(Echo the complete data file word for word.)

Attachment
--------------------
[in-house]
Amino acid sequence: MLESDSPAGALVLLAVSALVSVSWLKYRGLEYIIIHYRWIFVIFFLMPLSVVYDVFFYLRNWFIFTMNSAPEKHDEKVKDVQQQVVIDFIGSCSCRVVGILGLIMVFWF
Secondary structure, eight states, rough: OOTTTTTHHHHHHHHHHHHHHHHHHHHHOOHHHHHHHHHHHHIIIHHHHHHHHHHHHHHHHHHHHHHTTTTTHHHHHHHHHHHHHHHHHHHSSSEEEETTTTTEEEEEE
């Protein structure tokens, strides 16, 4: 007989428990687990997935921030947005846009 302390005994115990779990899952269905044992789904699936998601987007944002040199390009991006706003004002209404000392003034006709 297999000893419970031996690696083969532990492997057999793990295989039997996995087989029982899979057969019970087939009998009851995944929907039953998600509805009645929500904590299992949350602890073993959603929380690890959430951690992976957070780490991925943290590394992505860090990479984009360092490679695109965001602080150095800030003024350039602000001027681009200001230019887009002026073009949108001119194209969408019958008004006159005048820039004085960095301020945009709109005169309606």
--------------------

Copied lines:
[in-house]
Amino acid sequence: MLESDSPAGALVLLAVSALVSVSWLKYRGLEYIIIHYRWIFVIFFLMPLSVVYDVFFYLRNWFIFTMNSAPEKHDEKVKDVQQQVVIDFIGSCSCRVVGILGLIMVFWF
Secondary structure, eight states, rough: OOTTTTTHHHHHHHHHHHHHHHHHHHHHOOHHHHHHHHHHHHIIIHHHHHHHHHHHHHHHHHHHHHHTTTTTHHHHHHHHHHHHHHHHHHHSSSEEEETTTTTEEEEEE
């Protein structure tokens, strides 16, 4: 007989428990687990997935921030947005846009 302390005994115990779990899952269905044992789904699936998601987007944002040199390009991006706003004002209404000392003034006709 297999000893419970031996690696083969532990492997057999793990295989039997996995087989029982899979057969019970087939009998009851995944929907039953998600509805009645929500904590299992949350602890073993959603929380690890959430951690992976957070780490991925943290590394992505860090990479984009360092490679695109965001602080150095800030003024350039602000001027681009200001230019887009002026073009949108001119194209969408019958008004006159005048820039004085960095301020945009709109005169309606």